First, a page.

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How Hugh Hefner Will Destroy Playboy Before He Saves It

Playboy (PLA) has a new marketing director, Lorna M. Donohoe. While turning the bunny-brand around is, on paper, a dream job, she will probably be thwarted by owner Hugh Hefner's suicidal strategy for his company.

It's old news that Playboy loses money, or that its magazine circulation is in freefall, or that nobody pays to see pornography anymore. Clearly, Playboy is in need of a complete restructuring if it is to survive. Its future -- if it were in the hands of someone who knew what they were doing -- is probably as a much smaller, profitable brand with a vibrant licensing arm, nestled inside a portfolio of other adult media businesses with which it can cross-pollinate.

It's not clear that Hefner can see that, however, which is why Hefner has got to go. Unfortunately, he doesn't want to. Instead, Hef has come up with a plan that -- if history is any guide -- will hasten the death of his once-great brand.

Let's review the current status of the Playboy empire, according to its most recent quarterly earnings report. Playboy's revenues are shrinking along with its subscriber base. Its administrative expenses are steady or increasing. It has laid off dozens of employees in the last year. (It's not clear whether the layoff numbers given are cumulative or overlapping; if the former, then 227 workers have gone in the last few months.) And Playboy is being sued by DirectTV for an alleged violation of its most-favored-nation status. (Yes, even though pay-per-view porn is possibly the easiest business in which to make a profit, Hefner is somehow screwing it up.)

Playboy's new media offerings are a desperate scattershot of headscratching ideas. There's an iPad app with no nudity (yes, Playboy is expecting you to just read it for the articles). And a video game called Poisonville, about a fictional U.S. city "where crime and corruption rule the streets":

Players must complete a series of missions in order to counteract corruption, regain respect, and rebuild their reputations. The one slight difference here, according to Playboy, is that players will be encounter "beautiful, Playboy-caliber women."
It gets worse. Playboy has also launched what it seriously claims is a safe-for-work site, titled TheSmokingJacket.com. It is not safe for work. A sample offering includes "Boner Jams," a video of bikini-wearing women interspersed with stuff exploding. It's hard to insult the intelligence of a porn consumer, but this site manages it.

At least The Smoking Jacket has a coherent mission. Playboy.com, which ought to be the center of the Playboy brand, is currently a mish-mash of unrelated stuff. Sure, there's nude pics of Kim Kardashian. But then there's a Q&A with George Clooney. And a golf section. And a massively detailed page dedicated to Hef's reviews of classic movies such as The African Queen and Key Largo. Who is this targeted at?

Luckily for the company and its shareholders, a white knight has emerged. FriendFinder Networks has offered to pay $6.25 a share for Playboy's outstanding stock (currently trading at $5.11 up from $4-ish before the offer). Unlike Playboy, FFN is has a vibrant online business in "adult" dating. It also owns Penthouse, which is valuable not for its magazine but for its chain of strip clubs. In other words, FFN has done everything that Playboy has not to survive in the 21st Century. FFN has also generously offered to let Hefner retain editorial control of the Playboy magazine -- currently one of the least interesting parts of Playboy -- and the Playboy Mansion. It's a perfect exit opportunity for Hef.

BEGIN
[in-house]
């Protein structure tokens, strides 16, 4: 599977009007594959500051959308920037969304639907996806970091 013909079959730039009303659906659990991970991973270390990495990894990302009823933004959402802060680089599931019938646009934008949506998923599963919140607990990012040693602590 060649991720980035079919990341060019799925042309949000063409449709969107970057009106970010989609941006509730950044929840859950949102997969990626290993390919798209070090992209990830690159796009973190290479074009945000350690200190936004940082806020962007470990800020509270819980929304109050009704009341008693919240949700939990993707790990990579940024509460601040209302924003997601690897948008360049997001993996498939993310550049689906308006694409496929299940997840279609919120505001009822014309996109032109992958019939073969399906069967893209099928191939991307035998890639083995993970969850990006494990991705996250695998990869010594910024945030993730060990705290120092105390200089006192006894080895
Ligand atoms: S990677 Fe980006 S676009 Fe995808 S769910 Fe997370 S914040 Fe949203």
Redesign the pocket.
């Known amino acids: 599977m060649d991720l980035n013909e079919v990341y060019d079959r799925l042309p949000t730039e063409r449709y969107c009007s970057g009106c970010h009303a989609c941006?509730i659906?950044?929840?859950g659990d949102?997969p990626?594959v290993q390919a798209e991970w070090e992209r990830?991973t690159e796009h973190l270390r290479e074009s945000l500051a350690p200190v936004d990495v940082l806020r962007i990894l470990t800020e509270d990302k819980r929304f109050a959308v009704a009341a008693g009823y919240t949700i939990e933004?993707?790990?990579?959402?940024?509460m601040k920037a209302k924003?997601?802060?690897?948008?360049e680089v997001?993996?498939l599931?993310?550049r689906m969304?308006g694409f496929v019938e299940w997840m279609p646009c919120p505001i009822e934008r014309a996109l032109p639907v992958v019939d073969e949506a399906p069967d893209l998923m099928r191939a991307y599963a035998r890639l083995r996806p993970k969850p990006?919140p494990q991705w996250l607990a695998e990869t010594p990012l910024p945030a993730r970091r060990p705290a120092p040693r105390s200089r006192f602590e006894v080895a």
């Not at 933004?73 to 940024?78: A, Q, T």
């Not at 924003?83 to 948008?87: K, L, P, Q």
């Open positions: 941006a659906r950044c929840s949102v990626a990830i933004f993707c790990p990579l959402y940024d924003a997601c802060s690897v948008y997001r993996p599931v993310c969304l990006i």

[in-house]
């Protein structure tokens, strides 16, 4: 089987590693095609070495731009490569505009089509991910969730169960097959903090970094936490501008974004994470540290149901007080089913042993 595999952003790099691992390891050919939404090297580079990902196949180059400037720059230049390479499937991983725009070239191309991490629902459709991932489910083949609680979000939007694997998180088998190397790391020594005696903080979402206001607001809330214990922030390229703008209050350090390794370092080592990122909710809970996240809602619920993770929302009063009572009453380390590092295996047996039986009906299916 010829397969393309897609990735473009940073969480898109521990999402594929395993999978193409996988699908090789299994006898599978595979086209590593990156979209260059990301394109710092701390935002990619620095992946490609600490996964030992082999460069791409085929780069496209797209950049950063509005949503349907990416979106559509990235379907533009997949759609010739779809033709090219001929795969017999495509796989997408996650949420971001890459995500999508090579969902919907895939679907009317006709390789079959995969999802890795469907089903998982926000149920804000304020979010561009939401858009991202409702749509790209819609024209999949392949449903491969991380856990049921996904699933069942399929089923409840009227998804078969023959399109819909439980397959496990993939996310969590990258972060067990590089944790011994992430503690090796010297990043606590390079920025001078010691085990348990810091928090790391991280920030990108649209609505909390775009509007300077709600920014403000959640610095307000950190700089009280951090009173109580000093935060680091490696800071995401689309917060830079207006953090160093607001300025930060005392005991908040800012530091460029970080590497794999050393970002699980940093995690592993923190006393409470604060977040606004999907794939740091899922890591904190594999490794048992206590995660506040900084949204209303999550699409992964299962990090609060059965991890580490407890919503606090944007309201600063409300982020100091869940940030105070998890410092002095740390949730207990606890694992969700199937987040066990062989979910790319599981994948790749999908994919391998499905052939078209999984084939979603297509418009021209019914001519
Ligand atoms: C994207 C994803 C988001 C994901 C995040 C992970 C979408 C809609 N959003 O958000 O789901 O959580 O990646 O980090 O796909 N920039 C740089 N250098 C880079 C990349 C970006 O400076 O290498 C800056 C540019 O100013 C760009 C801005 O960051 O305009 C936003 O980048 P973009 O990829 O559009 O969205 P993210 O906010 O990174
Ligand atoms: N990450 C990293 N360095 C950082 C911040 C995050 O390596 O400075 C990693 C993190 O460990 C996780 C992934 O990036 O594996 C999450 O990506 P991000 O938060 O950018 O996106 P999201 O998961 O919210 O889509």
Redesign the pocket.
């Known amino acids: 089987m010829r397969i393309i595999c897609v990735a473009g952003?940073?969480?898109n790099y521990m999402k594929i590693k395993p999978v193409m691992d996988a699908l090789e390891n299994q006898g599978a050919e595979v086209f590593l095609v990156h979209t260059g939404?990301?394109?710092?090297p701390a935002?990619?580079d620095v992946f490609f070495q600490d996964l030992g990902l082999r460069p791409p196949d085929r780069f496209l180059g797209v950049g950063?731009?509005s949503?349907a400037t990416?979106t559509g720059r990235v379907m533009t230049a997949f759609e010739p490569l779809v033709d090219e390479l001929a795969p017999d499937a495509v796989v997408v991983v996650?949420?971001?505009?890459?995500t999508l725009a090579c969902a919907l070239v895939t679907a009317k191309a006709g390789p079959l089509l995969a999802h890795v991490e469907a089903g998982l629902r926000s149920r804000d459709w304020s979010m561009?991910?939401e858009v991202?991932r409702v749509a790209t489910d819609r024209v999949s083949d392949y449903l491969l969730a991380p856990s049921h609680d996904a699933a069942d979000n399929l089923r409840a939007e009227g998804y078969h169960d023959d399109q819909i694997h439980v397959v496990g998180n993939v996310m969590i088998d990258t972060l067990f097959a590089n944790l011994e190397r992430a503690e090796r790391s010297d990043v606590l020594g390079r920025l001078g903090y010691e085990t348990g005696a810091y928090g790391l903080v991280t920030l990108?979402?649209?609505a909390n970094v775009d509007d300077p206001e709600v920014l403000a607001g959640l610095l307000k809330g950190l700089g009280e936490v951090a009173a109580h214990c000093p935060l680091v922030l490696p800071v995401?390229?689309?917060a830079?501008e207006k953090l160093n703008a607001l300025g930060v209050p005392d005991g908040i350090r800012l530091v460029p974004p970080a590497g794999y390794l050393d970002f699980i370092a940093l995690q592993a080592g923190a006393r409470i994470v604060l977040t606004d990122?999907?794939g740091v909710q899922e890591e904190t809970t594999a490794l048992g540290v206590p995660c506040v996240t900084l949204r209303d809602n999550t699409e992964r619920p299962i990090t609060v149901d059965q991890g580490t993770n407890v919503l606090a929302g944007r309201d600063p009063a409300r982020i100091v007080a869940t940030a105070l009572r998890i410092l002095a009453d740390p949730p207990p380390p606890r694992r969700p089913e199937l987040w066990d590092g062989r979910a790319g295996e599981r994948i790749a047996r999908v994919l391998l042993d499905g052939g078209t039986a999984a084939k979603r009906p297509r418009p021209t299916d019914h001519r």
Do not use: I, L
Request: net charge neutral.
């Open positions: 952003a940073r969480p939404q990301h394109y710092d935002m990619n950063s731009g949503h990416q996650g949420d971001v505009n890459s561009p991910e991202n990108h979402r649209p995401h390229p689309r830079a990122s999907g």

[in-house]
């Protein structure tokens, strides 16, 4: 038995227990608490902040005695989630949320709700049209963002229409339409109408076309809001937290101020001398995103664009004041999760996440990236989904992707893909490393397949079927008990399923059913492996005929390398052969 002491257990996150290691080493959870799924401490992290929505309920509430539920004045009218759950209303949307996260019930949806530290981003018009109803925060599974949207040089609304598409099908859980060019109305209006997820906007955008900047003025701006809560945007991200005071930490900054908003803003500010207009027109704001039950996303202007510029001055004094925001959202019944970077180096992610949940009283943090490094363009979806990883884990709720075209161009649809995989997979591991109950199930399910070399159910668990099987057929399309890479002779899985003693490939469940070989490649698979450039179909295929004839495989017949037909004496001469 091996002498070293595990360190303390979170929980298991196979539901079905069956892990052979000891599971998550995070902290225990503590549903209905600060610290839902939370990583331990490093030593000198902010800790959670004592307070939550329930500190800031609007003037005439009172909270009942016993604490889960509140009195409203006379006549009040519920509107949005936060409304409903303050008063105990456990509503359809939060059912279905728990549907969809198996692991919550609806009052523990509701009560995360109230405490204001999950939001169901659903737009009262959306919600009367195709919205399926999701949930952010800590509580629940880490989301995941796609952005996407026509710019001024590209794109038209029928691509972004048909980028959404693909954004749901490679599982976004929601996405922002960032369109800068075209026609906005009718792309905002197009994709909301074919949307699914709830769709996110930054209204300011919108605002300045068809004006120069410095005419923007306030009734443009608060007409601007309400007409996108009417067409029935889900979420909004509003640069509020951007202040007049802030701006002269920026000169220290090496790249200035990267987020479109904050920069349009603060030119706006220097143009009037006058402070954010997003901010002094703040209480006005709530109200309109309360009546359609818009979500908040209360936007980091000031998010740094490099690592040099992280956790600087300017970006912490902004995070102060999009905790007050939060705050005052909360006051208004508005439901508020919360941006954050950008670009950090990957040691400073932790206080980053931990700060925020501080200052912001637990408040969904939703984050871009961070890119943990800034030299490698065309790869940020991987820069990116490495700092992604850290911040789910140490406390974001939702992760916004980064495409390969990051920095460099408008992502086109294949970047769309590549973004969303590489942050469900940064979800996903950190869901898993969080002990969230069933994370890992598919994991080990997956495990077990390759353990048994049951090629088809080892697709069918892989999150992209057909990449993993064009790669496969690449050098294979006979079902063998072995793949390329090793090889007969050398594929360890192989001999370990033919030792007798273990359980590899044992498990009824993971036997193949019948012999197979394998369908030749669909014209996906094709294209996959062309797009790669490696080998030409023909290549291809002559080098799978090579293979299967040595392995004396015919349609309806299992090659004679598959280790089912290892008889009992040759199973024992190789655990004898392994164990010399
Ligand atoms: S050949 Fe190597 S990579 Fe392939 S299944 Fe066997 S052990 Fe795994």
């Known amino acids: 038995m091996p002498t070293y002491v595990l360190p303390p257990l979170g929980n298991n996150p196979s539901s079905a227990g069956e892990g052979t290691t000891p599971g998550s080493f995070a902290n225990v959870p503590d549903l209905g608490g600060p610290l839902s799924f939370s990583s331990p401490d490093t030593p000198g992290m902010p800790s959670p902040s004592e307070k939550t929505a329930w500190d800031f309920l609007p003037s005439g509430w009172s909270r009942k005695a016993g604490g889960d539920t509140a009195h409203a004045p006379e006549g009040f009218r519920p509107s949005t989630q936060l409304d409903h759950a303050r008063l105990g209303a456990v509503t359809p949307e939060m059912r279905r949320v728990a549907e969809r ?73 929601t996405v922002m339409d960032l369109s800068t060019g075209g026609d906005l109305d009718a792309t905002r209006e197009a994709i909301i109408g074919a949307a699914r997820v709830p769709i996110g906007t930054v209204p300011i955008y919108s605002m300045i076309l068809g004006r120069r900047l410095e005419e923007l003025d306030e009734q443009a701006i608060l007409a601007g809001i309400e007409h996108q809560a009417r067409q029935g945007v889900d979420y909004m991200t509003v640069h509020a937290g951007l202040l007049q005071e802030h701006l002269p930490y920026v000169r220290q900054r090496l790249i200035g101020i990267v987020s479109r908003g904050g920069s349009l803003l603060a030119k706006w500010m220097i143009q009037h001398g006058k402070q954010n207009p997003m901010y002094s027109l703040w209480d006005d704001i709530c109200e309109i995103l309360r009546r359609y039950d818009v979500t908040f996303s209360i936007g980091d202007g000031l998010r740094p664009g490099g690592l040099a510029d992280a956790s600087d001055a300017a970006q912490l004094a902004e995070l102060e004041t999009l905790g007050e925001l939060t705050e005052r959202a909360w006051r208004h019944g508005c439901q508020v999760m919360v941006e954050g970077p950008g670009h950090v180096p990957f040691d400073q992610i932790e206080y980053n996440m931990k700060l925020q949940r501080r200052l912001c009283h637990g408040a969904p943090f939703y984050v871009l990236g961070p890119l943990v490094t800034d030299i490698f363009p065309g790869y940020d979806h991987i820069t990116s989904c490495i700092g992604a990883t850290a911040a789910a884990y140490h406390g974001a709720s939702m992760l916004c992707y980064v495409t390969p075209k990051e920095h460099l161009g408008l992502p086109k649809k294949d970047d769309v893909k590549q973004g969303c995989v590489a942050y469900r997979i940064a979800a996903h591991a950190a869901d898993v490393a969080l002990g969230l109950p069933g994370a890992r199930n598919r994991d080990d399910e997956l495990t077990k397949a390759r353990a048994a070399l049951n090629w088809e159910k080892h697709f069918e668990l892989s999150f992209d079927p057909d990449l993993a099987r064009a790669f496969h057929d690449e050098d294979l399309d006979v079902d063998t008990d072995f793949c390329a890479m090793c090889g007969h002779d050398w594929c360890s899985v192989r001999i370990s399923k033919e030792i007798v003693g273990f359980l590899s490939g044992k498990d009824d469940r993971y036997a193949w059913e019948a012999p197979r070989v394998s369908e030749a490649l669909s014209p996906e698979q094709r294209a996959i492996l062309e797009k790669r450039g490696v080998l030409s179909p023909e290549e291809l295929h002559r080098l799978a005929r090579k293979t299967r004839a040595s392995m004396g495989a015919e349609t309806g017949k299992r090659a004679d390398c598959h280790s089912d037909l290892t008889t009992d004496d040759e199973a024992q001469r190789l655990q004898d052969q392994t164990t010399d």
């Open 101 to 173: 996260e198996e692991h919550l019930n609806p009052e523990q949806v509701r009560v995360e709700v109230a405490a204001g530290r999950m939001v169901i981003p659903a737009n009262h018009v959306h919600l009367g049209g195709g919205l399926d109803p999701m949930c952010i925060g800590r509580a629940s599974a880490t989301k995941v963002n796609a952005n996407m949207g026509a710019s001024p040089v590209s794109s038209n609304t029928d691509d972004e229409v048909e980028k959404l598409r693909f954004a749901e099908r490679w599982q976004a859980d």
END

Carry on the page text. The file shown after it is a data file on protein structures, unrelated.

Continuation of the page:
But Hefner owns 69.5 percent of Playboy's Class A common stock and 27.7 percent of its Class B stock. So he doesn't have to take FFN's offer if he doesn't want to. Instead, Hefner has proposed buying all the stock he doesn't own for $5.50 per share, and taking it private again. He's already told the board that he intends to ignore FFN, even though the offer would make him (and his minority shareholders) rich. It's an astonishing triumph of raw ego over common sense (see page 16):

Mr. Hefner advises the Board that out of his concerns for, amongst other matters, the Company's brand, the editorial direction of Playboy magazine and the Company's legacy, he is not interested in any sale or merger of the Company, selling his shares to any third party ...
This is business suicide. There is no way Hefner is qualified to turn Playboy around in an era when mobile and digital content will be king. He's had more than a decade to adjust to new media, and he hasn't. Here's what he told New York magazine about how he sees the future of the media business:
I hope that books and magazines and newspapers will continue in some form. I think younger generations maybe don't read as much, and I think we're the poorer for it. And young people don't have as much of a sense of history -- and if you don't have a sense of who you were, then you're not going to have a good sense of who you are.
It's no wonder he's being sued by his own shareholders, and that other companies that have looked at Playboy as an acquisition have walked away.

Hefner is old. He could die any day. Assuming he survives the transaction he's proposed, his obituary will describe him as the man who founded -- and then destroyed -- Playboy. So here's the worst part: If Hef dies before the transaction, that would actually be the best outcome for the company, because it would allow his heirs and creditors to do what Hefner refuses to.

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Image of Hefner by Wikimedia, CC. Image of bunny logo by Flickr user Mark Wallace, CC. Image of 1985 Playboy by Flickr user Matt Hurst, CC.